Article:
Mom was steadfast and dependable and all those qualities that are positive – to be sure—but not all that exciting. She woke up early and stayed up late, making sure the house and the bills and the cooking and the cleaning were taken care of, efficiently. She was the one who never missed a teacher’s meeting, who organized the games and the snacks when friends came over.

Dad was the handsome swashbuckler who worked several jobs and brought home the bacon. He had a sharp wit and a crooked smile that showed he understood the hopes and dreams of his brood of five. I was the baby, the daddy’s girl, who adored dad and took mom for granted, I’m ashamed to admit.

Though I probably thought I knew it all, of one thing I was sure: Mom would never surprise me.

But she did, on my 16th birthday. She asked what I wanted, and this West Baltimore girl who loved the Broadway theater she read about but lived far from in more ways than you can imagine, told her: “I want to go to New York and see a show.”

She didn’t laugh. Instead she said, “That sounds like a good idea.”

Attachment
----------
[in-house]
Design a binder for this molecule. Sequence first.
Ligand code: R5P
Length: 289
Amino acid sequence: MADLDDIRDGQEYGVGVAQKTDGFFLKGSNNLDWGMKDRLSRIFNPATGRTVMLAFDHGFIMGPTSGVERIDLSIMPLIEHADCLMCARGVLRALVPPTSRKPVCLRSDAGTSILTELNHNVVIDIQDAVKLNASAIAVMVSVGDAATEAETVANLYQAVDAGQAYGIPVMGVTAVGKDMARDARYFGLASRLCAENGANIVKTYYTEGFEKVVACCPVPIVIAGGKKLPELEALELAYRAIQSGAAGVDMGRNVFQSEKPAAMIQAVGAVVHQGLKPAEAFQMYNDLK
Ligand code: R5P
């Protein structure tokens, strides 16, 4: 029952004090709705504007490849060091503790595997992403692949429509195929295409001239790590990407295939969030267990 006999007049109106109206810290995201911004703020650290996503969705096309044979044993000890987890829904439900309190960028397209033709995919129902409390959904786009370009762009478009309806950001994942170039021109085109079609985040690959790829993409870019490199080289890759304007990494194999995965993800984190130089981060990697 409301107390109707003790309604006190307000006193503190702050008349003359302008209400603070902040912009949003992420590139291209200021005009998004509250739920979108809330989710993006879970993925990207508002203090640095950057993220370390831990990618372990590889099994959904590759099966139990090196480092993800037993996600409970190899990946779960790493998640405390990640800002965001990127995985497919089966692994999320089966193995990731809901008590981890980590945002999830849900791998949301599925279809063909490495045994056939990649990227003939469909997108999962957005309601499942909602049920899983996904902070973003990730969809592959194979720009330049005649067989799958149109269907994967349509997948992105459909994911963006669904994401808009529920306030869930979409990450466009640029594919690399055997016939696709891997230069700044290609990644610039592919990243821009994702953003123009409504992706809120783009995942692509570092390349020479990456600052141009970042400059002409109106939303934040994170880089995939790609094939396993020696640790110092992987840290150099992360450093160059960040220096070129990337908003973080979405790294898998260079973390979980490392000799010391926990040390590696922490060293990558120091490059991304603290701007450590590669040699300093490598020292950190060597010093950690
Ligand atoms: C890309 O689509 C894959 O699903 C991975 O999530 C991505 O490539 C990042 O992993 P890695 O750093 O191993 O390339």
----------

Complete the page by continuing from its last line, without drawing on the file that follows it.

So we got on a train, without a theater ticket or hotel room, and made our way from one Penn station to another. We saw her choice, “Hello, Dolly!” with Pearl Bailey and Cab Calloway, and mine, “Play It Again, Sam,” with Woody Allen and Diane Keaton. And though I had to explain a few of the jokes, we had a grand time. She got us a steak dinner and a room for the night, and the next day, on the trip home, I couldn’t stop smiling.

I should have known. For a woman who raised five kids, returned to college and made a later-in-life career as an elementary school teacher, a last-minute trip to New York was a piece of cake.

I never underestimated Evelyn Thomas Curtis again. The year before she died, she fulfilled a life’s dream–a pilgrimage to Rome to see the Pope. I have the rosary he blessed that she brought home as a souvenir.

Mom and I shared something special after that adventure. Now that she’s been gone for more than 25 years, it’s a memory and a lesson I return to all the time: It’s never too late to have fun–and to surprise the people who think they know you best. Just ask my often embarrassed son.

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